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About Daily capital journal. (Salem, Or.) 1903-1919 | View Entire Issue (May 18, 1916)
THE DAILY CAPITAL- JQT RNAL, SALEM. OREGON. THURSDAY, MAY 18. 1916.
IT TF r ?
The New Whole Wheat
Food with the Delicious
Flavor oriinaiedfy ihe
TTVERY once in a
H while you find a
m mm m a.
tamily in which
some member does
not care for breakfast foods.
This is just the person
you should get to try
KRUMBLES the most
appetizing and delicious whole
wheat food that ever appeared.
The tantalizing flavor of Krum
bles is due to our special method of
cooking and toasting, which brings
out the full richness of the Wheat
a flavor never known before in
all the thousands of years people
have been eating wheat
In the WAXTITE package 1 Oc.
Look for this signature.
l if' mmm
Ready to Eat
5 0 C E T Y
A charming n flair was the luncheon
jjiven Wednesday by Mrs. Wilinm
liiown and Mm. William Kldridgo who
entertained io the home of the former.
The table dceontions and appoint
ments were unusually lovely; a center
piece of yellow rose combined with
jmrple iris and airy butterfly bows of
yellow and purple tulle was aurround--d
with small crystal bowls of pur
le violas. Covers wore placed for
twelve prominent matrons.
A pretty lunc'lieou was given recent
ly by Mrs. F. J. Hutler and Miss Ermn
llotsford honoring Miss Mario Sliced
of llalgey. Illuc forget-me-nots anil
daint;- rorsige bouquets were the artis
tic, table decorations. Circling the
table besides the honor guest were
Miss Isabel McGilchrist, Miss Violet
McClaino, Miss Olive Roocho and Miss
Mth. Chester Cox entertained this nf
tcnioon with a delightfully informal
sewing bee. The guests included about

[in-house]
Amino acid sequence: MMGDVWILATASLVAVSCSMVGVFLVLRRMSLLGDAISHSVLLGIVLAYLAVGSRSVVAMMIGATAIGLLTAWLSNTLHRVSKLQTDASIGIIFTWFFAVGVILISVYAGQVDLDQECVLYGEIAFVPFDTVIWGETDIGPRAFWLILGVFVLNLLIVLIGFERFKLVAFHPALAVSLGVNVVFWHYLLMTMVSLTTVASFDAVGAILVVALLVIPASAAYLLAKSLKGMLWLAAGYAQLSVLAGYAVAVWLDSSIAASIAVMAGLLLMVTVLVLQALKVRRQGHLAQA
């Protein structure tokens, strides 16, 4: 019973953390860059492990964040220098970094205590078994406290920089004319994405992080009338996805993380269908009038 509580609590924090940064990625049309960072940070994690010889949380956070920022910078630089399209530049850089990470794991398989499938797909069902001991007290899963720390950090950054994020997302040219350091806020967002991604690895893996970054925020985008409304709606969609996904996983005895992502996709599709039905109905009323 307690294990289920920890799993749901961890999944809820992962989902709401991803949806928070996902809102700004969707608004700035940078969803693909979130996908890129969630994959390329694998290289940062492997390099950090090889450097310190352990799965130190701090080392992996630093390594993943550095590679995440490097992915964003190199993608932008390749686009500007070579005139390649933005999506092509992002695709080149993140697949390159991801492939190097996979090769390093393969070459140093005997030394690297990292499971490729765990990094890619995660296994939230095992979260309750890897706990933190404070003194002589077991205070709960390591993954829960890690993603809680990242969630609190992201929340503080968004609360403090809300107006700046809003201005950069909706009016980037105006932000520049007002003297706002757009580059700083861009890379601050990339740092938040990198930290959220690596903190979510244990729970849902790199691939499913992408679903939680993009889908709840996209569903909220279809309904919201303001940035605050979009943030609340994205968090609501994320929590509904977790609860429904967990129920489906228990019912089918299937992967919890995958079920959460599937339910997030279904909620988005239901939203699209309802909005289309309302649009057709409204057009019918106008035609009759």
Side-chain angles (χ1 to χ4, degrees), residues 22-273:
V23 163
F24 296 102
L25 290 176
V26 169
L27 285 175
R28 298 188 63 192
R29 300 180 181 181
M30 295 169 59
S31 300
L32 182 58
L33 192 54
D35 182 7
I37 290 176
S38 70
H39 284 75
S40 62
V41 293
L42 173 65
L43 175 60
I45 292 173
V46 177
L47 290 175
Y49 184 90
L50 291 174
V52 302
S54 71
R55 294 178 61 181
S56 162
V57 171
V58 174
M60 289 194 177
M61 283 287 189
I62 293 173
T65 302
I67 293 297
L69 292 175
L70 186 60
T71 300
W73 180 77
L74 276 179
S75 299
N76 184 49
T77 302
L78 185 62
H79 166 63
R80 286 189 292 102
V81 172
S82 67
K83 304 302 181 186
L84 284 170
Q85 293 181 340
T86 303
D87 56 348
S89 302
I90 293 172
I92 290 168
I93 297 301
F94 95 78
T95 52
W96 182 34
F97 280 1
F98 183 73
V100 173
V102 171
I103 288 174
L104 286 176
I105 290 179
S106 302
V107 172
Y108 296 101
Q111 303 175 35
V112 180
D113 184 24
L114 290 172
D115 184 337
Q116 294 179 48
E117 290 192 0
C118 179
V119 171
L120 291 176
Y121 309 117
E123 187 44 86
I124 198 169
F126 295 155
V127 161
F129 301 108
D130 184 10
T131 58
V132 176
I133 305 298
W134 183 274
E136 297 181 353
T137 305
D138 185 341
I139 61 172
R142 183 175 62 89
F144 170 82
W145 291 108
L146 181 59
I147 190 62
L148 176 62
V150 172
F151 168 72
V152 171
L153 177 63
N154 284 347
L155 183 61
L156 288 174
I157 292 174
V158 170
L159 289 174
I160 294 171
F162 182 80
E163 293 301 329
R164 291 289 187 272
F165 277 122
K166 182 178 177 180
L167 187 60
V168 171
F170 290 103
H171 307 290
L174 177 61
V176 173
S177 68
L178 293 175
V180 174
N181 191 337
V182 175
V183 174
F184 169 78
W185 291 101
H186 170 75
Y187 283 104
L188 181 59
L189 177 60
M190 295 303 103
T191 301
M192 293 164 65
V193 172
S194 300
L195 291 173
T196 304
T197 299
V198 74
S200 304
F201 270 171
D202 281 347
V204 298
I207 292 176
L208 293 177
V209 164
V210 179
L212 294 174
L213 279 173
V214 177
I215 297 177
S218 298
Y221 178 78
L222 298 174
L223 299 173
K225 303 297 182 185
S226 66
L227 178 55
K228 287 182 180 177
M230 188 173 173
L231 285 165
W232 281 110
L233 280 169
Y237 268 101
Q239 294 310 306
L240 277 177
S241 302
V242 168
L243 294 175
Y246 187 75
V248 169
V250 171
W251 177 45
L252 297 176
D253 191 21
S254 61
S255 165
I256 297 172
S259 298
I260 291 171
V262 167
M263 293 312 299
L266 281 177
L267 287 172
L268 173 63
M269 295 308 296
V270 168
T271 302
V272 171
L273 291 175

fifteen maids and younger matrons.
The refreshment table was particul ir
ly attractive with a yellow and green
color scheme and a center of mari
golds. In honor of Mrs. H. ('. Eploy on tho
occasion of her birthday anniversary
lr. Kpley entertained today with a
luncheon ut the Spa.
Covers wen? pl iced for eight.
Mis. Gerald Volk entertained today
with a delightful afteruoou at her
home in Volklaml. The matrons of the
P. K. O. club and several additional
friends .wero guests.
Mrs. Fred W. Seleo entertained the
members of t lie south central circle
of the First Methodist church at her
home on Wednesday afternoon. The
rooms were prettily adorned with fra
gruit wild roses. During the after
noon Mrs. N. L. llellyer read an inter
esting paper on "Frances Willard"
and Miss Mary Findley played sevoral
charming violin solos.
Mrs. Scelea was assisted by Miss
Mrs. Edgar Ij. Martin (Alta Altman)
of Berkeley, Cal., who is the guest
of her parents, Mr. and Mrs. L. 0. Alt-
m in, returned today from n several
days visit in Portland.
Tuesday an all day picnic was held
in celebration of the closing of the
Mountain View school, under the aus
pices of tiie teachers. Miss Martha
Wikherv of Salem anil Miss Chine Scv-
more of Fulls City. A large number of
mends ami parents -attended the af
fair and enjoyed tho unusually pleas
Cast Your Ballot
For the Store that best serves your interests a Cash Store where every
transaction is absolutely on the square.
The Sport Shirt is an ideal warm
weather,garment for the man that
likes freedom of action. We carry
these jaunty shirts in every thing
from a work shirt at 50c or GOc up
to the kind with fancy collars and
pocket tabs at . ., $1.50
Long or short sleeves, plain white
or striped. Splendid assortment.
It doesn't matter, Sailor, Soft
Straw or Panama, the styles are
correct, the qualities o. k., and a
very refreshing thing about them
is the lightness of the price.
We feature a Sailor that's a "skip-
Tanamas at . . . . . J4.5Q and $5.00
Church Filled to Capacity and
One and All Delighted
The "Willamette Glee" Club concert
filled the spacious First Methodist
church last evening, proving that music
hath charms to dispel thoughts of a
rainy night, for when the two clubs
appeared on the rostrum shortly after
8:00 o'clock, nearly all of the seats
The clubs lived up to their reputa
tion as dispensers of classic music and
the program from beginning to end was
much appreciated by the audience,
judging from the number of encores.
Ihe opening number, "Bohemian
Girl," a Gypsie chorus, by the two